Painful sex

Painful sex is one of the symptoms associated with endometriosis. Pain during or after intercourse can negatively impact your sex life and make the trying-to-conceive process difficult.

Can treating endometriosis improve fertility?

Various treatments for endometriosis that aim to improve fertility. The right ones for you will depend on the location and severity of your endometriosis and what your symptoms are. 

One treatment that aims to improve fertility is laparoscopic surgery. This is surgery to remove the endometrial tissue deposits and adhesions. It aims to free the pelvic organs of any structural issues or blockages and reduce inflammation. 

For people with endometrioma, laparoscopic ovarian cystectomy can remove the endometriosis-related cysts on the ovaries (6). This has been shown to lower the recurrence rate of both cysts and pain symptoms. 

However, there are risks associated with any surgery. For example, ovarian cystectomy can also negatively affect ovarian reserve by the removal of healthy tissue. 

It’s important to discuss the potential for surgery with a specialist. And to explore the individual risks.

How can I improve my chances of conceiving with endometriosis?

If you’re trying to conceive with endometriosis, there are options to improve your chances. These include expectant management and assisted reproductive techniques (ARTs). 

Expectant management 

This is for heterosexual people who are trying to conceive naturally and: 

  • Have suspected endometriosis
  • Have a normal ovarian reserve
  • Have normal Fallopian tube function
  • Are not experiencing pelvic pain
  • Have no evidence of any hormone imbalances
  • Have no issues with their partners’ fertility

To improve your chances of conceiving with every menstrual cycle, it is recommended to have sex every 2-3 days so there is a good chance of catching your fertile window.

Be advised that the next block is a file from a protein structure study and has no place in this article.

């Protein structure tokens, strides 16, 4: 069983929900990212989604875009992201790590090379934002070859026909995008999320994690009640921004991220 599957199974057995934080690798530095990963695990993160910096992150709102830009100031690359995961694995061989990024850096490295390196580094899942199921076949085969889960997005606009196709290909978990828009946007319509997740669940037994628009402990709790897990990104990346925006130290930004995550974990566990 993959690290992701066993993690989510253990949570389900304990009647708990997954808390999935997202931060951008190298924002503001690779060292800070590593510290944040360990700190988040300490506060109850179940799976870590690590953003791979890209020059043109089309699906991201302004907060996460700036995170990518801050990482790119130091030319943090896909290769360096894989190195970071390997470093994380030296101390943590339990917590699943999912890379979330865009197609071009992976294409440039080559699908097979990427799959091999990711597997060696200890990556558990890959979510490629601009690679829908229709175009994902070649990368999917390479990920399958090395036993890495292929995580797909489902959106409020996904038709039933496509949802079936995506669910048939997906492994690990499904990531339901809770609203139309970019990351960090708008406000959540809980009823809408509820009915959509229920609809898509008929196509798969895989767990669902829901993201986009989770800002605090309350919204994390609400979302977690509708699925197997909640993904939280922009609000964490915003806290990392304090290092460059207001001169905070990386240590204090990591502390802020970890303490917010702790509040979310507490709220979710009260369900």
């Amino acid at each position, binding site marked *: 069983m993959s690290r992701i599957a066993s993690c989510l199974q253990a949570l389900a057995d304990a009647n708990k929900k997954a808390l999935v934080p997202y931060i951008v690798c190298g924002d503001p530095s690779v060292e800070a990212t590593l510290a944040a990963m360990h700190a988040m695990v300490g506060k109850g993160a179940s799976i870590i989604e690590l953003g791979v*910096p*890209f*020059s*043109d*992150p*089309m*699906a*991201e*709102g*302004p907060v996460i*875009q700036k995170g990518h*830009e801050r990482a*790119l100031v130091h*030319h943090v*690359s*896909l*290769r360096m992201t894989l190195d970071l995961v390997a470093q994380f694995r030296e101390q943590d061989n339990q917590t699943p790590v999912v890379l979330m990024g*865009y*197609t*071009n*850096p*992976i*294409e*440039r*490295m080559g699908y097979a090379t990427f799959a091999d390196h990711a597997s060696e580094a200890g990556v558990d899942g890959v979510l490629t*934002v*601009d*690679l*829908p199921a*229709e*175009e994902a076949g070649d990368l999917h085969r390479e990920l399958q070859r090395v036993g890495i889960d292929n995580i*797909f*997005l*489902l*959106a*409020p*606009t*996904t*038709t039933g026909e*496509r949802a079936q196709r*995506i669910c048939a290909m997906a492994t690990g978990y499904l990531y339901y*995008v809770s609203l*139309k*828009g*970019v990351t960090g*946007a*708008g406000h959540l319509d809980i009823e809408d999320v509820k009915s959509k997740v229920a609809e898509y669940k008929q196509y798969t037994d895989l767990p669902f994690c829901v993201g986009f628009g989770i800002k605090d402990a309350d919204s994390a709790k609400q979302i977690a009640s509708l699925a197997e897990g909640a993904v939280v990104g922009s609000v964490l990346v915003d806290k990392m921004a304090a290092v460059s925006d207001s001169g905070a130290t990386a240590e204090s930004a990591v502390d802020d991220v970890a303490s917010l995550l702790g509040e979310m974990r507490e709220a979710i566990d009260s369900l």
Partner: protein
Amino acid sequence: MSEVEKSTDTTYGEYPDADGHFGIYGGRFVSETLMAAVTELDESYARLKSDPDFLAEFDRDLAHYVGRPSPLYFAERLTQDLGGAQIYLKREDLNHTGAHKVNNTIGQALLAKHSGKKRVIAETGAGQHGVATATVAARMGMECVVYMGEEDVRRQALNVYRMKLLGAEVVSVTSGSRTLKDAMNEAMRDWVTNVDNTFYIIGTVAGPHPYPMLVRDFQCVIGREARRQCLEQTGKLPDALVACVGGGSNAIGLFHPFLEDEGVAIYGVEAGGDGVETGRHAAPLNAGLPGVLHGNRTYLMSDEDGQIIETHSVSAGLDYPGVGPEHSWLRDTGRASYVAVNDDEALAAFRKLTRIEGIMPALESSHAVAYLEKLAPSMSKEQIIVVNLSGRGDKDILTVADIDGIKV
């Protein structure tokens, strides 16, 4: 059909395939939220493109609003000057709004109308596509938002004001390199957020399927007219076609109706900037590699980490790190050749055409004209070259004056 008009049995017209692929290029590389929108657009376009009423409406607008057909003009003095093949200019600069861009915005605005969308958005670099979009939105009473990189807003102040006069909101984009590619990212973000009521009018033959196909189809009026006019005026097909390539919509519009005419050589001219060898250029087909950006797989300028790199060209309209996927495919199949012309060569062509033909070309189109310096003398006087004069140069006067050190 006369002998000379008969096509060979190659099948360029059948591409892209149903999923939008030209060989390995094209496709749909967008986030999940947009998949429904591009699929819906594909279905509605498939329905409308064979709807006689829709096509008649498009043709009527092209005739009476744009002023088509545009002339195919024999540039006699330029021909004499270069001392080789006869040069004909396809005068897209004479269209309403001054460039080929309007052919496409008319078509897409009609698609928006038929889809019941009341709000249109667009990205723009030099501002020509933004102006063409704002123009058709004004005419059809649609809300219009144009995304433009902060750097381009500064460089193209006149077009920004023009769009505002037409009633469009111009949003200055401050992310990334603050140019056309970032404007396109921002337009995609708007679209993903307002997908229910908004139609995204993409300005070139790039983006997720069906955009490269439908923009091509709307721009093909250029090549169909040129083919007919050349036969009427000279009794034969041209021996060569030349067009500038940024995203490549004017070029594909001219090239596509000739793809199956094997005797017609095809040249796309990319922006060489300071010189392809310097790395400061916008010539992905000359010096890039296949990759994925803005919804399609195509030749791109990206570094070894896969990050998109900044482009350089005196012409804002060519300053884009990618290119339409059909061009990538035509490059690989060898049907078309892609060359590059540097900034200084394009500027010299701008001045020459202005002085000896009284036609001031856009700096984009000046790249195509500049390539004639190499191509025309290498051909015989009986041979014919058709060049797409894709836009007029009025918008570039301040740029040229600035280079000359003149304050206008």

Assisted reproductive techniques (ARTs)

ART options include ovarian stimulation (COS), intrauterine insemination (IUI), and in-vitro fertilisation (IVF). 

Depending on your age, ART is recommended if:

  • You’ve not conceived after 6-12 months of trying.
  • Youre in a same-sex relationship.

IUI is usually offered to couples with minimal or mild endometriosis if their partner has normal semen quality and is typically not offered to those with moderate/severe endometriosis, because of a probable effect on the Fallopian tubes.

IVF can be offered to those with moderate or severe endometriosis. It can also help those with a very low egg reserve.

IVF has been found to be less successful in people with endometriosis compared to those without endometriosis. However, lots of factors influence IVF success, like age, whether you’ve been pregnant before, if you’ve had treatment before body mass index, underlying health conditions, lifestyle and your partner’s sperm quality. 


  1. (ASRM, 2016; Zondervan et al., 2018)
  2. (The Practice Committee of the American Society for Reproductive Medicine, 2012)
  3. (Zondervan et al., 2018).
  4. (Saraswat et al., 2017)
  5. (Sanchez et al., 2017).
  6. (European Society of Human Reproduction and Embryology, 2022).
  7. (ETIC Endometriosis Treatment Italian Club, 2019).
  8. (Tan et al., 2018).


Ruby Relton

Ruby Relton

Ruby is a scientific researcher specialising in reproductive science and women’s health, with a BSc in Biomedical Science from the University of Strathclyde and an MSc in Reproductive Science and Women’s Health from UCL—where she received the Anne McLaren Award for academic excellence, featuring on the Dean's list of outstanding students. Ruby's research includes inequalities and diversity in reproductive health, menopause and sports gynaecology.